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The COVID-19 pandemic is forcing nations, businesses and individuals to assess short and long-term risks and develop plans to minimize disruptions and ensure continuity of business operations. The risks facing global financial markets as a result of the crisis are forcing hedge fund managers to actively manage their trading relationships and continuously evaluate varied risks in the face of ongoing market uncertainty. These trading relationships are typically governed by one or more trading agreements, including ISDA master agreements, prime brokerage agreements, master repurchase agreements, futures agreements and FX master agreements, and all of these agreements may include provisions that could negatively impact hedge funds over the course of this crisis.

Pandemic-caused market conditions (such as reduced liquidity, increased redemptions and operational gaps) may increase the risk of additional contractual liabilities under a fund’s trading agreements. For example, if significant redemptions occur with respect to a fund, the resulting decline in the fund’s assets may trigger a termination event under the fund’s ISDA Master Agreement that is linked to a decline in the fund’s net asset value over a specified measurement period. Additionally, if the fund experiences lags in its operational capacity, significantly reduced liquidity, a demand for increased margin or other collateral requirements from a prime broker or other trading counterparty, or an election by a prime broker or other counterparty to increase financing costs or impose additional operational burdens, the fund’s ability to meet its payment obligations in a timely manner may be jeopardized. Were a prime broker or other trading counterparty to elect to terminate the relevant trading agreement, a fund may be subject to cross-default or “default under specified transaction” provisions that could effectively result in a cascading series of terminations of all of a fund’s trading relationships with all of its counterparties.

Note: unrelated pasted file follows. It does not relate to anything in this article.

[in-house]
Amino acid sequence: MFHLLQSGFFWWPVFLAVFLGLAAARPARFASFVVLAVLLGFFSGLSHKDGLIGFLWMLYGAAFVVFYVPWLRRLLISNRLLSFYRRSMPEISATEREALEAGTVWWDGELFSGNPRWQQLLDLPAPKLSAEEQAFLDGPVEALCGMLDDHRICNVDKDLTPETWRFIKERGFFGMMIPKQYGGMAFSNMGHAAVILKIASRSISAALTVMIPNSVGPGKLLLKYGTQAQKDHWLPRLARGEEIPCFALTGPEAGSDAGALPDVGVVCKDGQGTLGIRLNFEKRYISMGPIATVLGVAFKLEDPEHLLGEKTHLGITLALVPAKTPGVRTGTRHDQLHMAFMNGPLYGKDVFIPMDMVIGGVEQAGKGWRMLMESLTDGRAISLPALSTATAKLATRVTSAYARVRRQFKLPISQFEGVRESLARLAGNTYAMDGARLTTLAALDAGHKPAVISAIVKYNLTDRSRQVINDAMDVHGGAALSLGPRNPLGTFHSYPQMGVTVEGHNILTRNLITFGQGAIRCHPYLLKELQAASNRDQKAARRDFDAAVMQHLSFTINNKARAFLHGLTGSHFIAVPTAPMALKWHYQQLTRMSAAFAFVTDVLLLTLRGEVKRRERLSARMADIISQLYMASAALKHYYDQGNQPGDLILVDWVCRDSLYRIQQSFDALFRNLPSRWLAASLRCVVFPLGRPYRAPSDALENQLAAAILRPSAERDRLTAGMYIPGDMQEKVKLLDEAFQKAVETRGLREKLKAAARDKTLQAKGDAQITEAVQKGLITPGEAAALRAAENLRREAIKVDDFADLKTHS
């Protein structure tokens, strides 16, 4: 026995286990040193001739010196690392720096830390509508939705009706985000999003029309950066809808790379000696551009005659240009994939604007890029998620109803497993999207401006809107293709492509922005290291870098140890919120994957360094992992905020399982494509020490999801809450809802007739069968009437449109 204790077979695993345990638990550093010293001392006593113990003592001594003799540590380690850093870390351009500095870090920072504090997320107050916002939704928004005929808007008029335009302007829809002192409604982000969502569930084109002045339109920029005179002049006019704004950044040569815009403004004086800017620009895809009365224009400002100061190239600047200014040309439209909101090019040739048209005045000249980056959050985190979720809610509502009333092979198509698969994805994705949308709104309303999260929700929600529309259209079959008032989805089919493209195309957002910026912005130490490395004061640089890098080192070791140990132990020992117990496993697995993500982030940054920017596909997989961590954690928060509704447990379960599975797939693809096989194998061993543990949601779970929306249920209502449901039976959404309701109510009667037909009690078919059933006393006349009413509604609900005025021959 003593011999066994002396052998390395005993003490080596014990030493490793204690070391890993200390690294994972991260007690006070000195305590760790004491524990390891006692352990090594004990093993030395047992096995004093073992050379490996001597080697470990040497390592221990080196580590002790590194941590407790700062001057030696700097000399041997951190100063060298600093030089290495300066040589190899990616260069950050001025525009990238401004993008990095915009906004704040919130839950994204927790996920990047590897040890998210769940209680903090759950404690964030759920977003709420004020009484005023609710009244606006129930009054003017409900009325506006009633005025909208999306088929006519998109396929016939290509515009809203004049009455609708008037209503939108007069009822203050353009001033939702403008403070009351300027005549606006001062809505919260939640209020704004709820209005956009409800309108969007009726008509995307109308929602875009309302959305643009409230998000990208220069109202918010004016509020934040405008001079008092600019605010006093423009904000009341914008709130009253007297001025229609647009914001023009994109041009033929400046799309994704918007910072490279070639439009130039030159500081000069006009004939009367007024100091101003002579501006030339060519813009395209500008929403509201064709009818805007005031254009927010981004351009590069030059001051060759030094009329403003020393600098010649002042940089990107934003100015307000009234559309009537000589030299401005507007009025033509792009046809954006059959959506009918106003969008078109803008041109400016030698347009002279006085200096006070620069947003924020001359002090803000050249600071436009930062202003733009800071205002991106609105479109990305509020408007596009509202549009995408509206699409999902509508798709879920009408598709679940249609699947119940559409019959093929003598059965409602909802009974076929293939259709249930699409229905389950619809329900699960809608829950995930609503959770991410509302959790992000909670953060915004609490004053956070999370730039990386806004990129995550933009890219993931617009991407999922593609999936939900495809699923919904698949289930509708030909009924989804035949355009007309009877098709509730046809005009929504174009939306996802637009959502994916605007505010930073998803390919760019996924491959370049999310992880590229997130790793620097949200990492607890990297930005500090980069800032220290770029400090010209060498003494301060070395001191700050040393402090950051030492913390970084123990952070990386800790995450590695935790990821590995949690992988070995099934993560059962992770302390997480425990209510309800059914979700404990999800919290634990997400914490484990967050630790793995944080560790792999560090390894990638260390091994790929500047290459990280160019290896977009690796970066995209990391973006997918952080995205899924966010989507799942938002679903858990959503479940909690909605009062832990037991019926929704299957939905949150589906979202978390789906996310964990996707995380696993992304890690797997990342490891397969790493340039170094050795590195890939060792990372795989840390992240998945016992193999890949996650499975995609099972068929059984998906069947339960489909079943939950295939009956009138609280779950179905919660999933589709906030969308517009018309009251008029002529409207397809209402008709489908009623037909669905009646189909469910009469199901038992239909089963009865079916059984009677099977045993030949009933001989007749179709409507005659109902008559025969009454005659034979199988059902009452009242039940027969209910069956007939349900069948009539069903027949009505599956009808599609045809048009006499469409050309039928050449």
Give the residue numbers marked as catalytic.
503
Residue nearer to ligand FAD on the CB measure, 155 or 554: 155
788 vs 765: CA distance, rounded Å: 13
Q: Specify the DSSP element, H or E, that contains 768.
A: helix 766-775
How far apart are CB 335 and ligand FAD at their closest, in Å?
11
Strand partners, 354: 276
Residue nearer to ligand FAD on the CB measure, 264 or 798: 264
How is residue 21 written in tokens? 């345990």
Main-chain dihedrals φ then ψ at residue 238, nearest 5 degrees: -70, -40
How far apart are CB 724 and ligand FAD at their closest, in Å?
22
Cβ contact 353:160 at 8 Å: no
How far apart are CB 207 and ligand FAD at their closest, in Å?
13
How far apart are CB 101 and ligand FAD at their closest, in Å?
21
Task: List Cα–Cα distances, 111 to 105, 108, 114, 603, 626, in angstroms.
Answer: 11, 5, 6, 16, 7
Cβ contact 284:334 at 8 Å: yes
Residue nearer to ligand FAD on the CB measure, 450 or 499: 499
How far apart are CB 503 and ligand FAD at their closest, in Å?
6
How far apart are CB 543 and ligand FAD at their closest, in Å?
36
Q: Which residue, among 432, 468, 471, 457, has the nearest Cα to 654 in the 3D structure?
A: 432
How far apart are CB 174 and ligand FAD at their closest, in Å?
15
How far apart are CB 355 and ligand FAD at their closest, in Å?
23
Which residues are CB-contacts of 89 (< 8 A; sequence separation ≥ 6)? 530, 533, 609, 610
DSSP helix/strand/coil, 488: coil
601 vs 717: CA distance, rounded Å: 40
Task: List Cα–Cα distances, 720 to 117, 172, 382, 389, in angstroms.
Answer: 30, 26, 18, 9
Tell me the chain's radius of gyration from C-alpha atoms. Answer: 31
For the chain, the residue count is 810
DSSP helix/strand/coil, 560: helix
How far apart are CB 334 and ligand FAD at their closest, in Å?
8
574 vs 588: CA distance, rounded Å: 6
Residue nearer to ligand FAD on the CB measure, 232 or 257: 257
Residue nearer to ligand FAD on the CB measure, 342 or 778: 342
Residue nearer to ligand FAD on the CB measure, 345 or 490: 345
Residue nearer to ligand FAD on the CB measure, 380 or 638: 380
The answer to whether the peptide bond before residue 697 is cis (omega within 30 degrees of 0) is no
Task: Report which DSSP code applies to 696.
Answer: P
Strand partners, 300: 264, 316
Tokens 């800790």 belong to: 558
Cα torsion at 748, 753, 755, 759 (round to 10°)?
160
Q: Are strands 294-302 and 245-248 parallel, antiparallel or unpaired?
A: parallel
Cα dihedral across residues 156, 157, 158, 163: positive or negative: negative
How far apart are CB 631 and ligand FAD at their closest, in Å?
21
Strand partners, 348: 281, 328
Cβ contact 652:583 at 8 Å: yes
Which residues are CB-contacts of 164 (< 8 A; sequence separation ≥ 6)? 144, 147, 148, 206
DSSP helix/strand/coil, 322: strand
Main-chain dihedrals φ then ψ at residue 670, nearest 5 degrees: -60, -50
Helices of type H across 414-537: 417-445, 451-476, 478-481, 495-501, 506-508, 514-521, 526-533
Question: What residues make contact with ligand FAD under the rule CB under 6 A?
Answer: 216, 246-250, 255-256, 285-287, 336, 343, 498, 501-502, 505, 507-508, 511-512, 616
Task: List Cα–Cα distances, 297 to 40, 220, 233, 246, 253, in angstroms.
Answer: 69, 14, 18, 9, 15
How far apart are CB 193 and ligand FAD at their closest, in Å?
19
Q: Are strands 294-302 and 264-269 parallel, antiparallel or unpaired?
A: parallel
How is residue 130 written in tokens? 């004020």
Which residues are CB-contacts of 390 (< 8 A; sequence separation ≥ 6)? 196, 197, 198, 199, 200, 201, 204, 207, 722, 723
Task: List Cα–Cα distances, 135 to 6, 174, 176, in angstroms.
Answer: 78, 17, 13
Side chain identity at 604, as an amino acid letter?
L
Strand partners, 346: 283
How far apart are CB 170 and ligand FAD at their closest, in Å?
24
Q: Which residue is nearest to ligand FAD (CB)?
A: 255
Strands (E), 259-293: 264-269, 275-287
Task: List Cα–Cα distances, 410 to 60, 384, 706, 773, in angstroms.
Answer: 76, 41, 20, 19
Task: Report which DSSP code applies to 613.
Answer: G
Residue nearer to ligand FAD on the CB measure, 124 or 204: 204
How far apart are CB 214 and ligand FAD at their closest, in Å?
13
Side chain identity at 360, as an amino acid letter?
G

As financial markets continue to evolve in the face of the coronavirus pandemic and the resulting market volatility and uncertainty, hedge fund managers must carefully analyze all of their trading agreements in order to have a clear understanding of the consequences adverse market conditions could have. When analyzing these issues, managers should be aware of a number of common terms in trading agreements that could have an immediate adverse impact on hedge funds.

Force Majeure and Material Adverse Change/Effect

ISDA master agreements, prime brokerage agreements and most other commonly-used trading agreements, contain a “force majeure” provision. “force majeure” is an event or circumstance outside the control of a party that prevents, or makes it impossible for, the party to fulfill its responsibilities and obligations under a contract. Under the 2002 ISDA Master Agreement, a force majeure event occurs where a force majeure or act of state occurs after a transaction is entered into, and the office where a party that makes or receives payments (or the party itself, or its credit support provider) is unable perform its obligations to do so (or it becomes impossible or impracticable to do so) and could not, after using all reasonable efforts, overcome such prevention, impossibility or impracticability (though without requiring such party to take a material loss). If a termination event is designated due to a force majeure event, a party may be temporarily relieved from payment and delivery obligations under the ISDA master agreement, and after the expiration of a waiting period, both parties may have the right to terminate outstanding transactions (in which case the standard ISDA master agreement has market-based close-out mechanics which can be used following the termination of the trade).